How bad are conditions in Detroit public schools? This appalling. Detroit public school teachers are staging "sick-outs.
" Here is what you need to know about the school conditions that they say make it difficult to do their jobs. (Claritza Jimenez/The Washington Post) Detroit teachers sick of working in appalling conditions called in sick in huge numbers today, forcing nearly all of Detroit’s public schools to close. How appalling? In a piece titled, “How can you teach or learn in conditions like this,” which was published on the PBS NewsHour Teachers’ Lounge blog, Detroit counselor Lakia Wilson wrote: The odorous smell of mold and mildew hits you like a brick wall when you step through the front doors at Spain Elementary-Middle School in Detroit.
A group of teachers, parents and children protest Jan. 11, 2016, in Detroit. According to the Detroit Free Press: Teachers have been using rolling sickouts in recent weeks to spotlight the poor conditions of dilapidated schools. The city’s public school system has been in serious trouble for years. Fixing Detroit’s Broken School System: Improve accountability and oversight for district and charter schools. Detroit is a classic story of a once-thriving city that has lost its employment base, its upper and middle classes, and much of its hope for the future. The city has been on a long, slow decline for decades. It’s difficult to convey the postapocalyptic nature of Detroit. Miles upon miles of abandoned houses are in piles of rot and ashes.
Unemployment, violent crime, and decades of underinvestment have led to a near-complete breakdown of civic infrastructure: the roads are terrible, the police are understaffed, and there is a deeply insufficient social safety net. There are new federal funds and private investment being directed to Detroit’s renewal. In January 2014, as part of a multicity study, researchers from the Center on Reinventing Public Education (CRPE) met with a dozen parents in Detroit to learn about their experiences with education in the city. Ms. Today, Detroit is a “high-choice” city. School Choice with Few Options The dearth of high-quality options is evident to parents. Just Cut Property Taxes! Detroit parents, students hope for better. As lawmakers grapple over proposed legislation to restructure Detroit Public Schools, those with the most at stake — parents and students — have clear ideas about what the new district should look like.
Nickyl Nelson, 18, a junior at Osborn Collegiate Academy of Mathematics, Science & Technology, said she would like to see a system with robust student activities, something many DPS schools have lost over time because of budget cuts. She'd join a swim team if she could; the school pool has been dry for years. "Without a lot of activities, it leads to more altercations, such as gang violence and fighting, and things of that nature," she said. "There’s really nothing for us to do after school. More activities could make a big difference. " Nickyl said she hopes a better school transportation system also can be developed. "The buses don’t always run on time," she said.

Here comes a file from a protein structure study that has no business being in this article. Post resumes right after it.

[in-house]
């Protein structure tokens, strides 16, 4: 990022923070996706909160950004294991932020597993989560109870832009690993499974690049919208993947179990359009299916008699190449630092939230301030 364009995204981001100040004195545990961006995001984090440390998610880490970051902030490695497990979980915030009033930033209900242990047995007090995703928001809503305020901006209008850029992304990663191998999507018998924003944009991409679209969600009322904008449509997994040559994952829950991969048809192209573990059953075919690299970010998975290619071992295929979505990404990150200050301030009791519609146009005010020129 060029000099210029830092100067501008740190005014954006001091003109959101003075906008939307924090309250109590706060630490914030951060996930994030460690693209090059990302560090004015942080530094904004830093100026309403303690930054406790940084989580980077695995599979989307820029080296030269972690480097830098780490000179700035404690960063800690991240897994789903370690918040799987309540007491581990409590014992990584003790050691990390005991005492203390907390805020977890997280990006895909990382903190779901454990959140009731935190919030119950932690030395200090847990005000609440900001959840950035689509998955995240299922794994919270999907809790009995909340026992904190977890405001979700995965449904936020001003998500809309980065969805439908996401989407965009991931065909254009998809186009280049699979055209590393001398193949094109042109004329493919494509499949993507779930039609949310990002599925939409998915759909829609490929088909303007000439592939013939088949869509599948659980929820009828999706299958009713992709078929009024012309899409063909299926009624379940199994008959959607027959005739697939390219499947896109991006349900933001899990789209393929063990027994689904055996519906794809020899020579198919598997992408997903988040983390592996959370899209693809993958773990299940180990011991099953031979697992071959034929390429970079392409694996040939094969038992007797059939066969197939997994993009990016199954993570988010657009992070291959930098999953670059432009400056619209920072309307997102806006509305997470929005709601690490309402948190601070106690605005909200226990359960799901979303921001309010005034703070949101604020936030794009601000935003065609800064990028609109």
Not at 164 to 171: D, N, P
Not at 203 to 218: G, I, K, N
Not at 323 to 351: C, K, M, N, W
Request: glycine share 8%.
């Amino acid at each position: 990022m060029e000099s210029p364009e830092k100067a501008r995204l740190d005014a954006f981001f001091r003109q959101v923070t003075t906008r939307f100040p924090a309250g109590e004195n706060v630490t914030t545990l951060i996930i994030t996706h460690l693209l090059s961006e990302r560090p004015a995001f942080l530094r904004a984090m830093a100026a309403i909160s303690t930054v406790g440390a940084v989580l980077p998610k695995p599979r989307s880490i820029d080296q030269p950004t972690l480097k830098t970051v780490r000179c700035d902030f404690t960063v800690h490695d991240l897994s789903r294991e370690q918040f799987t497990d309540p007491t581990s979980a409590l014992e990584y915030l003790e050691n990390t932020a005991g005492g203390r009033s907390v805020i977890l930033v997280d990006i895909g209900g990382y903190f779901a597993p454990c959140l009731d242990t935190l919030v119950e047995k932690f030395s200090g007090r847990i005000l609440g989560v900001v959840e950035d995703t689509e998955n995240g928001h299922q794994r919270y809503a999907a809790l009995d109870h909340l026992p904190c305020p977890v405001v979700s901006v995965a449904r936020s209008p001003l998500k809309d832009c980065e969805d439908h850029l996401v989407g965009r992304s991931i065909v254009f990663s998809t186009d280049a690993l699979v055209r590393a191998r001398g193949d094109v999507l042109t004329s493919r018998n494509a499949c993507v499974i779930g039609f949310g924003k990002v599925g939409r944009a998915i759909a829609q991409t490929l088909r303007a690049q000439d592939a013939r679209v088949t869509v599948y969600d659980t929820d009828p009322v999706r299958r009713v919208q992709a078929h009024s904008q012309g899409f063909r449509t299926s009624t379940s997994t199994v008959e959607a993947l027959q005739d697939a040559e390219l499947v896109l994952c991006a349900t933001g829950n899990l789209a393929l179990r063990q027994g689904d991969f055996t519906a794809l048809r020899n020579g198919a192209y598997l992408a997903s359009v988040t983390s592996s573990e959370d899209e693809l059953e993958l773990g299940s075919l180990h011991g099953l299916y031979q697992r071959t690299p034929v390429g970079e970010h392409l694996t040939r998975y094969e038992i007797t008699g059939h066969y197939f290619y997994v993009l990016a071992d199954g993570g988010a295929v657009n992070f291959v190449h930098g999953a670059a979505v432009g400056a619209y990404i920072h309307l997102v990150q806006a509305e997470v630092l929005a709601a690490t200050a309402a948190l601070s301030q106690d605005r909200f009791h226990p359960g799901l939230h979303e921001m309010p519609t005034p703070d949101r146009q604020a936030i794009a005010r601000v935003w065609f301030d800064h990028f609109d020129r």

Robinson said the new district needs to get creative to woo back students who left DPS for charter schools. Forbes Welcome. When bad schools go on and on ... Why? How Michigan ranks its authorizers by academics In 2013, Michigan’s State Board of Education commissioned a study to rank the 11 largest charter authorizers in the state.
A group of professors from Michigan State University conducted the study. The ranking was based on student achievement, student growth and authorizer improvement, and achievement gaps across demographic groups in mathematics, reading, science, social studies and writing on the MME and MEAP tests, as well as the graduation rate for high schools. Some authorizers dispute the findings, saying the study didn’t take their schools’ poverty rates into consideration. Here is how the authorizers were ranked: 1. Eastern Michigan University glowingly recommended to its board of regents in June 2013 that Hope Academy’s charter be reauthorized.
In a four-paragraph report, EMU officials summarized curriculum, noted growth in enrollment and said the Detroit school, founded in 1998, was proud of a 10% increase in honor-roll students.